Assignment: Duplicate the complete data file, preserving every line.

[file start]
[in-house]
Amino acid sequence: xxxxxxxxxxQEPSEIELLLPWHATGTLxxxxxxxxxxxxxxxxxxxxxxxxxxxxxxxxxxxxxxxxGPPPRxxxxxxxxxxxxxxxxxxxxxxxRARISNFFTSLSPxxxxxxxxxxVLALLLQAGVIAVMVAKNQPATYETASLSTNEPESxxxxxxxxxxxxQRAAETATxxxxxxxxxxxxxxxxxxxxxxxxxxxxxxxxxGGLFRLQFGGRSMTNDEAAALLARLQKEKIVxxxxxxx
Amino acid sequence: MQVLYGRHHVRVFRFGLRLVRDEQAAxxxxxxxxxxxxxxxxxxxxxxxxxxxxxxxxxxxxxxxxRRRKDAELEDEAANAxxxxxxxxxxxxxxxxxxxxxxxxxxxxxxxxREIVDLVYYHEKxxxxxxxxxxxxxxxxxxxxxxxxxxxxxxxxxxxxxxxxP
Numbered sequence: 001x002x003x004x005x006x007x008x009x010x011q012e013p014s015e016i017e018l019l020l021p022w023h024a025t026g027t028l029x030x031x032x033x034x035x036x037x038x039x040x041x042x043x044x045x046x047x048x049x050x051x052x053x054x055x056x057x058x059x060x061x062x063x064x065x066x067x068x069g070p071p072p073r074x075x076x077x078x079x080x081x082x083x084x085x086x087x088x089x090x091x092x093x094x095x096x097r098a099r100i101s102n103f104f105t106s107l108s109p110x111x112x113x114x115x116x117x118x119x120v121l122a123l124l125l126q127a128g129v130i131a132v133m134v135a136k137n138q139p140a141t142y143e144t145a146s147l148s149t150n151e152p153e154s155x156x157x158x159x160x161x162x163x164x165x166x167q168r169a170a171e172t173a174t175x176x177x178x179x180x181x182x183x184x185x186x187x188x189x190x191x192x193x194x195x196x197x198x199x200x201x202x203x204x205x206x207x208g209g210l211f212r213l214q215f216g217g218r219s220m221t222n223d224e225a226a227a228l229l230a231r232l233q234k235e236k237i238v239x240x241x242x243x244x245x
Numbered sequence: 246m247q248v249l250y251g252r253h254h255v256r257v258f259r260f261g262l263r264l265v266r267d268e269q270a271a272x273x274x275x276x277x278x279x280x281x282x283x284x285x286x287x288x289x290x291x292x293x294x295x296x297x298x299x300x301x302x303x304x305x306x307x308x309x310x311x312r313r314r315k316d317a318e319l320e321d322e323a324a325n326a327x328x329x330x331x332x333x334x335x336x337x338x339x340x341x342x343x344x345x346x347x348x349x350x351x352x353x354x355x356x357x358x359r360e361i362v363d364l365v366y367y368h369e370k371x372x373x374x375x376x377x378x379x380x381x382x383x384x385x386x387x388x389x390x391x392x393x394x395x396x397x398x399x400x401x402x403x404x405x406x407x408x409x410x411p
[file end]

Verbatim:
[in-house]
Amino acid sequence: xxxxxxxxxxQEPSEIELLLPWHATGTLxxxxxxxxxxxxxxxxxxxxxxxxxxxxxxxxxxxxxxxxGPPPRxxxxxxxxxxxxxxxxxxxxxxxRARISNFFTSLSPxxxxxxxxxxVLALLLQAGVIAVMVAKNQPATYETASLSTNEPESxxxxxxxxxxxxQRAAETATxxxxxxxxxxxxxxxxxxxxxxxxxxxxxxxxxGGLFRLQFGGRSMTNDEAAALLARLQKEKIVxxxxxxx
Amino acid sequence: MQVLYGRHHVRVFRFGLRLVRDEQAAxxxxxxxxxxxxxxxxxxxxxxxxxxxxxxxxxxxxxxxxRRRKDAELEDEAANAxxxxxxxxxxxxxxxxxxxxxxxxxxxxxxxxREIVDLVYYHEKxxxxxxxxxxxxxxxxxxxxxxxxxxxxxxxxxxxxxxxxP
Numbered sequence: 001x002x003x004x005x006x007x008x009x010x011q012e013p014s015e016i017e018l019l020l021p022w023h024a025t026g027t028l029x030x031x032x033x034x035x036x037x038x039x040x041x042x043x044x045x046x047x048x049x050x051x052x053x054x055x056x057x058x059x060x061x062x063x064x065x066x067x068x069g070p071p072p073r074x075x076x077x078x079x080x081x082x083x084x085x086x087x088x089x090x091x092x093x094x095x096x097r098a099r100i101s102n103f104f105t106s107l108s109p110x111x112x113x114x115x116x117x118x119x120v121l122a123l124l125l126q127a128g129v130i131a132v133m134v135a136k137n138q139p140a141t142y143e144t145a146s147l148s149t150n151e152p153e154s155x156x157x158x159x160x161x162x163x164x165x166x167q168r169a170a171e172t173a174t175x176x177x178x179x180x181x182x183x184x185x186x187x188x189x190x191x192x193x194x195x196x197x198x199x200x201x202x203x204x205x206x207x208g209g210l211f212r213l214q215f216g217g218r219s220m221t222n223d224e225a226a227a228l229l230a231r232l233q234k235e236k237i238v239x240x241x242x243x244x245x
Numbered sequence: 246m247q248v249l250y251g252r253h254h255v256r257v258f259r260f261g262l263r264l265v266r267d268e269q270a271a272x273x274x275x276x277x278x279x280x281x282x283x284x285x286x287x288x289x290x291x292x293x294x295x296x297x298x299x300x301x302x303x304x305x306x307x308x309x310x311x312r313r314r315k316d317a318e319l320e321d322e323a324a325n326a327x328x329x330x331x332x333x334x335x336x337x338x339x340x341x342x343x344x345x346x347x348x349x350x351x352x353x354x355x356x357x358x359r360e361i362v363d364l365v366y367y368h369e370k371x372x373x374x375x376x377x378x379x380x381x382x383x384x385x386x387x388x389x390x391x392x393x394x395x396x397x398x399x400x401x402x403x404x405x406x407x408x409x410x411p